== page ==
I am an unashamed devotee of Rachmaninoff’s music and have just been playing a 1990 CD, recently re-released, of his Third Symphony, stunningly performed by the Moscow State Symphony Orchestra under Pavel Kagan (on the bargain alto label). It’s a favourite work of mine and hearing it on this re-mastered disc has been a revelation. On the same disc is another superb performance of his Symphonic Dances, both works belonging to the end of his career, both poorly received by the public on their first performances and given to much revision afterwards as was often his practice, even making changes just before a performance. His recording of the third piano concerto which I have and which he made in 1940, has several cuts in the score, to the disappointment of musical purists. And me!
Responding to an invitation for him to perform in Stockholm, he and his wife and two daughters, as their part of Moscow was taken over by the revolutionaries, virtually escaped from Russia in 1917.
They caught a train to Finland, completing their journey by travelling from Finland to Sweden by sledge at night. The family arrived in Stockholm with hand luggage, two thousand roubles and nothing else. Moving eventually to America, he made his home in many places and travelled widely as both composer, conductor and pianist. But international citizen though he became, he saw himself always as Russian. Interviewed in 1941 he said ‘in my compositions no conscious effort has been made to be original, or Romantic or Nationalistic, or anything else. I write down on paper the music I hear within me, as naturally as possible. I am a Russian composer, and the land of my birth has influenced my temperament and outlook. ‘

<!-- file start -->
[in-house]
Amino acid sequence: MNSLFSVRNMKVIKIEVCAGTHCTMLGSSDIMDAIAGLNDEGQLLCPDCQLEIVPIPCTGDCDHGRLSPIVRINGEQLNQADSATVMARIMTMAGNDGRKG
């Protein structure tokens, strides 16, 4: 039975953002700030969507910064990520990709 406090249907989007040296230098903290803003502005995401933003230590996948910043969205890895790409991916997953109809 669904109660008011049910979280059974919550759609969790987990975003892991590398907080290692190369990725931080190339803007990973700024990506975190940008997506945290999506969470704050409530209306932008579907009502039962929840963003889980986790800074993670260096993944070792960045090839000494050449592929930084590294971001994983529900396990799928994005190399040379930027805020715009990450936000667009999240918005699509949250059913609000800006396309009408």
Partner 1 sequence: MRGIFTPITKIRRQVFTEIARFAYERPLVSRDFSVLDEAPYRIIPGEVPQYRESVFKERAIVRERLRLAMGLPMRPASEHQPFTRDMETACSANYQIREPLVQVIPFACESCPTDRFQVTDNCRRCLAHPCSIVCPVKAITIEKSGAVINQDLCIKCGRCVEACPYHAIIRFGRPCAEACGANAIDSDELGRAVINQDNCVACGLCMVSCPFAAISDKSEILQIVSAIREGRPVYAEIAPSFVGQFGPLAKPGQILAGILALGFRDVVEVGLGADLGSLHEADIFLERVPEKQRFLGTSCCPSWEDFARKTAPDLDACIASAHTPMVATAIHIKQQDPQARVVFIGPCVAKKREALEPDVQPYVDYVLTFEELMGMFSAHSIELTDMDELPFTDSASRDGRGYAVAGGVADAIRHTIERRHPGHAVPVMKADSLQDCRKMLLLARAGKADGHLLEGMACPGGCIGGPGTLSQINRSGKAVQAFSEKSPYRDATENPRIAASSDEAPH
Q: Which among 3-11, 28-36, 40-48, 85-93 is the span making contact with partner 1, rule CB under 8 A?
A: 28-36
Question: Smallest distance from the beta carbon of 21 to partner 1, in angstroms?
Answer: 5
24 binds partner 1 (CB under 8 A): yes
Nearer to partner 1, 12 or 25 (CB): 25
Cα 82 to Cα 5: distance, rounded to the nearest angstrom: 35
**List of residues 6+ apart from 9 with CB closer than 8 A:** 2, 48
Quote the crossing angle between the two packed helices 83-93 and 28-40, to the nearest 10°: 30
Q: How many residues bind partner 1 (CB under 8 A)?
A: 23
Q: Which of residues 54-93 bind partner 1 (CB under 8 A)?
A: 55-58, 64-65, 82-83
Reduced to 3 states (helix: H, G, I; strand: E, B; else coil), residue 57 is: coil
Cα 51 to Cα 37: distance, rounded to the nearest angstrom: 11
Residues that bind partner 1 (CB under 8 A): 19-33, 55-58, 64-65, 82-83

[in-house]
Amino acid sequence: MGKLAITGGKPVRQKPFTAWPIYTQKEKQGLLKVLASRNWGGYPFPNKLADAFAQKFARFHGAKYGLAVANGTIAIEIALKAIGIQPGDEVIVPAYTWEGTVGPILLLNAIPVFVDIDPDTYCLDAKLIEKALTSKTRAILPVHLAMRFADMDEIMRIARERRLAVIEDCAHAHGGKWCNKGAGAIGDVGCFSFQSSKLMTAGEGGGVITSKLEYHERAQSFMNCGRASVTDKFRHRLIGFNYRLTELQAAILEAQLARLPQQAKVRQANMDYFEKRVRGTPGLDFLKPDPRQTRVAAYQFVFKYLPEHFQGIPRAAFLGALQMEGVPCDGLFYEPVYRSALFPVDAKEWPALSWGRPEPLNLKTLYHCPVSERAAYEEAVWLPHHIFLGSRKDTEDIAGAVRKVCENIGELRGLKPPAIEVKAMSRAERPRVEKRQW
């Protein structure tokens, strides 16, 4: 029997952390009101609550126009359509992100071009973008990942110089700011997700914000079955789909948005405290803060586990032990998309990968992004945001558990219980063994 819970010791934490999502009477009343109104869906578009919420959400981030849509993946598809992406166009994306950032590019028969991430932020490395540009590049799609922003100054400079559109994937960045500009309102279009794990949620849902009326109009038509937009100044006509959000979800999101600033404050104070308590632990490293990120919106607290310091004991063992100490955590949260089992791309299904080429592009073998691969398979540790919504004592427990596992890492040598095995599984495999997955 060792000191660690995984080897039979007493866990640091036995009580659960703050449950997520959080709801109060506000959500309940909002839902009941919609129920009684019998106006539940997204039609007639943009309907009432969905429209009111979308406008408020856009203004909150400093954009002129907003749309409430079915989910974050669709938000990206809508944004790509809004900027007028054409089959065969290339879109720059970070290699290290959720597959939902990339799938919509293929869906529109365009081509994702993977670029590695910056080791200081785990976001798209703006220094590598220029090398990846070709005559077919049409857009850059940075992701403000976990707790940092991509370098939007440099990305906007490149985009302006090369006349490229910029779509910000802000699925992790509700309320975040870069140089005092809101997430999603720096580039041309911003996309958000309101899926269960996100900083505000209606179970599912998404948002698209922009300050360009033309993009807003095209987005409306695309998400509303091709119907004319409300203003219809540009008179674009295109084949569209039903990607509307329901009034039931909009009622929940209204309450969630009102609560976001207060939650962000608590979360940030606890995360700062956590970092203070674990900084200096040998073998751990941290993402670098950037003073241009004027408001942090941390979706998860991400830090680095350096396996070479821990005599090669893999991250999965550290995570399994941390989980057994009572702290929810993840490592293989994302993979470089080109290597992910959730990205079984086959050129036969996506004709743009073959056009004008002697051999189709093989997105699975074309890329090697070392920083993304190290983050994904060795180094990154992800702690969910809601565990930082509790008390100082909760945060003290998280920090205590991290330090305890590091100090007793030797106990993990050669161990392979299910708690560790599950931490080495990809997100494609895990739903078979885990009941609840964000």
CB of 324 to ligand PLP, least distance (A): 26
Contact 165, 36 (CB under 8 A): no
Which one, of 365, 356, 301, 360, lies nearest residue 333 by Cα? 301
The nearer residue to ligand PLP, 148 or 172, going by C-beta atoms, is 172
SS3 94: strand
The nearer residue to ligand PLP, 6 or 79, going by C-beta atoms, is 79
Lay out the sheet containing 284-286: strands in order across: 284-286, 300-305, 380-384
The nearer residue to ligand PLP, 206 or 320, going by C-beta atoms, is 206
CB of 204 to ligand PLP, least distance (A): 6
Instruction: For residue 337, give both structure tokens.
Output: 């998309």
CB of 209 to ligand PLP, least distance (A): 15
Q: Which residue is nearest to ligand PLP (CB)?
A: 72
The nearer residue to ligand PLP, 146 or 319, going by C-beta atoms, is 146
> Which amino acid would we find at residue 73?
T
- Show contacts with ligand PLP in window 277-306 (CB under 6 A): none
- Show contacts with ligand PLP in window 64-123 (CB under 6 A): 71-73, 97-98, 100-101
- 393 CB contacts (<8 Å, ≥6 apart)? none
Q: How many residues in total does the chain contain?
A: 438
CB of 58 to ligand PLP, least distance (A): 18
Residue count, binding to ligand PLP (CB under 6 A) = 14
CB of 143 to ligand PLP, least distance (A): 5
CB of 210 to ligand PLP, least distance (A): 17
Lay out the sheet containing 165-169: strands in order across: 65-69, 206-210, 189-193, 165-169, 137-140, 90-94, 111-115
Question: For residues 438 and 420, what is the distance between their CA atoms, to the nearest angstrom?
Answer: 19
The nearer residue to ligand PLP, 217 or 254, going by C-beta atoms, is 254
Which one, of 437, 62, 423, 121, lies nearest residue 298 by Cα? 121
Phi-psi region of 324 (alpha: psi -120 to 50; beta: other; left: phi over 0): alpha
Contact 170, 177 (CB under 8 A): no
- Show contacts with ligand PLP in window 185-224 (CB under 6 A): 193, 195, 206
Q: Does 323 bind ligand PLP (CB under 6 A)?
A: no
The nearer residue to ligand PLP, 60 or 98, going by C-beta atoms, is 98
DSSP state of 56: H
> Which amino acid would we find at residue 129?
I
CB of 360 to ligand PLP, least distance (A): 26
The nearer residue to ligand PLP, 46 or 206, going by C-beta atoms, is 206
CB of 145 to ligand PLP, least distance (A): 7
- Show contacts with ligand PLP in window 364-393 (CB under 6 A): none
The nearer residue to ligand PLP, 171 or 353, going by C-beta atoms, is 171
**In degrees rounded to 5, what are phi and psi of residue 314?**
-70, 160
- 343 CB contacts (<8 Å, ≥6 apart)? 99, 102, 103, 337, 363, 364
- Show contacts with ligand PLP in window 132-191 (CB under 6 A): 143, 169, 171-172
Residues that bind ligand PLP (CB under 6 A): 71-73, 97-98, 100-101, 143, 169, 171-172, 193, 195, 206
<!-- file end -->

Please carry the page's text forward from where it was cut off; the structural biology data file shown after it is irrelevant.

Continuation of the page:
The third symphony was received with some enthusiasm in Britain but less so in the U.S.A. People were reluctant to accept him on his own terms and critics and the public found him either too traditional or too radical.
His great long-breathed tunes and brilliant orchestration remind one of Tchaikovsky (whom he knew of course; as a student he made a piano transcription of the Manfred Symphony, and played it to the composer), but point to influences by Stravinsky and even, for me – in the Symphonic Dances -to Mahler and Bartok. But he was himself, and whatever his influences, the popularity that marked the last years of his life as he continued to perform on both sides of the Atlantic, has endured, and if his second piano concerto continues to be his signature work for many people, there is much, much more to know about him than that one enormously popular work.
He died just before his seventieth birthday, and the day before a cable arrived form many Soviet composers, congratulating him on his birthday.
His music will live for ever.
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